Jogging Head: SUPPORT WHEN COPING
Positive Replacement unit Behavior
A) Reinforcement when dealing with behaviors, is a stimuli that increases the likelihood of a specific behavior to reoccur, reinforcement typically takes place after the tendencies that is said to be reinforced. You will discover two types of reinforcement, Positive and adverse, both of them providing the same goal but providing the ends in different means. Positive reinforcement occurs every time a behavior is being reinforced by " fulfilling " the specified behavior. Types of positive reinforcement include giving a child compliment for washing his space, taking the child out for a special dinner to get a good survey card, or letting children get a fresh toy if you are good on the shopping trip, these illustrations are not all inclusive, but can give a short look at how positive reinforcement can be utilized. (Todd, 2010) Negative Support on the other hand occurs when some thing already present as a result of a behavior is removed. (Wheeler & Richy, 2010) Examples of negative reinforcement consist of but are in no way limited to, a child's fruit and vegetables being removed after screaming; the carrots being removed is the reinforcer which is strengthening the yelling behavior, buckling your seatbelt to avoid humming sound in car; the reinforcer is the sound becoming taken away, and the behavior is gaining a seatbelt, or getting a pain supplement to relieve a headache; the reinforcer is the relief of your headache and the behavior is taking the pain pills. As a teacher it is important for me to be able to work with both positive and negative reinforcement effectively to help my personal students show and obtain the correct behaviors. Once teaching it can be very easy to implement positive reinforcements in the classroom. " In respect to Psychology of Classroom" some frequently used positive reinforcers used by teachers are providing praise, attention, reward bridal party, or peel off stickers. (Anderman & Anderman 2009)The...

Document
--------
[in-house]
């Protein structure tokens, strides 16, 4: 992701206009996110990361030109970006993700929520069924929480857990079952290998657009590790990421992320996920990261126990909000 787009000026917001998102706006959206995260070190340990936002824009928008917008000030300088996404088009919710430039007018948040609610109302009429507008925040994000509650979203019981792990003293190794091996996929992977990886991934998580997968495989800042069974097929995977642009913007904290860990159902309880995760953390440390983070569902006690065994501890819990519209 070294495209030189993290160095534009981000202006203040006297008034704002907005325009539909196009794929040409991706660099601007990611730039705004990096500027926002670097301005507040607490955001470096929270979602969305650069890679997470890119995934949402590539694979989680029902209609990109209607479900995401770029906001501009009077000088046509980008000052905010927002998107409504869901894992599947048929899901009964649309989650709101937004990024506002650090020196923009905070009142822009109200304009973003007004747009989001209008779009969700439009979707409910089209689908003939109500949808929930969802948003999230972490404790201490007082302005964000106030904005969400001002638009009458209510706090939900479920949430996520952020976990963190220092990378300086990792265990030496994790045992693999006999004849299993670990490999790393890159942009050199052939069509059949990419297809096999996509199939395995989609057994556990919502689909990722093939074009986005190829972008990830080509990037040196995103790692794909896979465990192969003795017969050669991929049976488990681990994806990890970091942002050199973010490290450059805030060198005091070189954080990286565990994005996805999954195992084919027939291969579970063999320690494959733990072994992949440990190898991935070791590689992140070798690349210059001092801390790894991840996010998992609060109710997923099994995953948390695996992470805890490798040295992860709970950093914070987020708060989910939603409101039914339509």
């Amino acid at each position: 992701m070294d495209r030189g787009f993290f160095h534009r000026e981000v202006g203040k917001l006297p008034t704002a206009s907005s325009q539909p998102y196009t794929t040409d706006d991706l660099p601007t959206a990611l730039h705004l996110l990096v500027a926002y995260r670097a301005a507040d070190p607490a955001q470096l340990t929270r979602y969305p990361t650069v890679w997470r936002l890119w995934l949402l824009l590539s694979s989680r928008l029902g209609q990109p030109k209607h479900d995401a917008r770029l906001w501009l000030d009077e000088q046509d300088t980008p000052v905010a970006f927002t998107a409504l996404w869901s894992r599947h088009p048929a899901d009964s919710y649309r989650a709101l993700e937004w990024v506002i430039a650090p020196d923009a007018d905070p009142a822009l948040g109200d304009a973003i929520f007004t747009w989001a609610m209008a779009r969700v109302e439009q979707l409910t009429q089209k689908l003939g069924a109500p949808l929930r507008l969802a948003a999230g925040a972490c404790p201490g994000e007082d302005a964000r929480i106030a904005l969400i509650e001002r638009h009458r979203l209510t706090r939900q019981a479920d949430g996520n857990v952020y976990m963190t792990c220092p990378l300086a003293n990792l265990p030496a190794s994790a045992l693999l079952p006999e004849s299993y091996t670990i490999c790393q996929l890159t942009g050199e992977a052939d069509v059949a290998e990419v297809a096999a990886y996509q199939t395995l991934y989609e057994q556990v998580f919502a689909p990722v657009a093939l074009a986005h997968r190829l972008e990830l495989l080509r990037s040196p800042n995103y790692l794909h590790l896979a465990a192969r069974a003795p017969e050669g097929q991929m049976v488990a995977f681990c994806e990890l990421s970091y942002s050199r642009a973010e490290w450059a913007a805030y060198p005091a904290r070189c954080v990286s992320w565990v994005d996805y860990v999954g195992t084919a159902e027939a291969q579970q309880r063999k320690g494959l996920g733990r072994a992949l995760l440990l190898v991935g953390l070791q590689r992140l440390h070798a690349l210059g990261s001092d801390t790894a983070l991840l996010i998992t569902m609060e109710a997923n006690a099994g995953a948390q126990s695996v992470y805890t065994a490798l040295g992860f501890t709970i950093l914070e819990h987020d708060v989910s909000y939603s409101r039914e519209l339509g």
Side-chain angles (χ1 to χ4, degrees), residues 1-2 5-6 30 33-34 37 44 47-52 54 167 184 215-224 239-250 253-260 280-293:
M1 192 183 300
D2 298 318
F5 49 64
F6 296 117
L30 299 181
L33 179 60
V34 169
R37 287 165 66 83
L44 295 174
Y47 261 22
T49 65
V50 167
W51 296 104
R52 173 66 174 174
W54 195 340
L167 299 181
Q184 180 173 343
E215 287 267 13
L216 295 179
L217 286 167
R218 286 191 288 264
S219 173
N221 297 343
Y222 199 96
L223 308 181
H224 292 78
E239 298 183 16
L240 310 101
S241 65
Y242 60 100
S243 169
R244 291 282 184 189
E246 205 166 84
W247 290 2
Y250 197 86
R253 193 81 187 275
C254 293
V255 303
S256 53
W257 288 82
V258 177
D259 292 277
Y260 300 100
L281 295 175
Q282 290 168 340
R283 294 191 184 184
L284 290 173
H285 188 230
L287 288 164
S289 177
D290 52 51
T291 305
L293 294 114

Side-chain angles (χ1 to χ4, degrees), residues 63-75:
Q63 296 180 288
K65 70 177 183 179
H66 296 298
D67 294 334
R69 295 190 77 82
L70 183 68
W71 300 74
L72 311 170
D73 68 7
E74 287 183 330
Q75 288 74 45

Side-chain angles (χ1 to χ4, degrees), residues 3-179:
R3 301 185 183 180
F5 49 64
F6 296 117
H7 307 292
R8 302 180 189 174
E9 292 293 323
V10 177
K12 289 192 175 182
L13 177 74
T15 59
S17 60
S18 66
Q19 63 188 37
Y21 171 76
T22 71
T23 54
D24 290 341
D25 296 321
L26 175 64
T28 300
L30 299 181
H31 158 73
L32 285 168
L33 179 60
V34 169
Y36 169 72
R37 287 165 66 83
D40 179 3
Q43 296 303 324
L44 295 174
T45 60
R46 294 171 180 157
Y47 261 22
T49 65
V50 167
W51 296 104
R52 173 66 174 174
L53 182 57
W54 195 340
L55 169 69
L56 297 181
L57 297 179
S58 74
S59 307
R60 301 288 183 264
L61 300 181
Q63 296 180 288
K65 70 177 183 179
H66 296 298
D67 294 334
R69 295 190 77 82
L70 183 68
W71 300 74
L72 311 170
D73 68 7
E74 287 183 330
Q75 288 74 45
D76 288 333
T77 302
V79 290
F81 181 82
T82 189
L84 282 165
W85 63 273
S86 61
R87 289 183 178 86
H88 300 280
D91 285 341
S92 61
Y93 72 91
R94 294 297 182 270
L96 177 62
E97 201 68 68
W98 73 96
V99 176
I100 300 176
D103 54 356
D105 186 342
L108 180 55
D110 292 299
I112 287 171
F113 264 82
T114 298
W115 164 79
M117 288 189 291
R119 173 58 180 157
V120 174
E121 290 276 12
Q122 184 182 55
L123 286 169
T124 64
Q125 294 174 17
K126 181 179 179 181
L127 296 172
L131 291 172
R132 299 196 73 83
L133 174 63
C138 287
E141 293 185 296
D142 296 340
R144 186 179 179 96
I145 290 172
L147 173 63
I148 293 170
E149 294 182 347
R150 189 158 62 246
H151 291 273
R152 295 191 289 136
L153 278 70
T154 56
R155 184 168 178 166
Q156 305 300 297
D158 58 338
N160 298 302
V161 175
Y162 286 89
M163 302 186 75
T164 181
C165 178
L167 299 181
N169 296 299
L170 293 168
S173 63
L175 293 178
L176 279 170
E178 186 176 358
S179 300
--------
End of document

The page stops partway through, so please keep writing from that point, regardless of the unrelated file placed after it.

References: Anderman, E., & Anderman, L. (2009). Mindset of classroom learning: A great encyclopedia. (Vol. 2, pp. 737-739). Of detroit MI: MacMillian.
Wheeler, J., & Richy, D. (2010). Behavior administration: Principles and practices of positive behavioral supports. (2 ed., pp. 274-349). Columbus OH: Pearson Education.
John, L. (2010). Increasing approriate behavior and teaching alternate behaviors. Recovered from https://lc.gcu.edu/learningPlatform/user/users.html?operation=loggedIn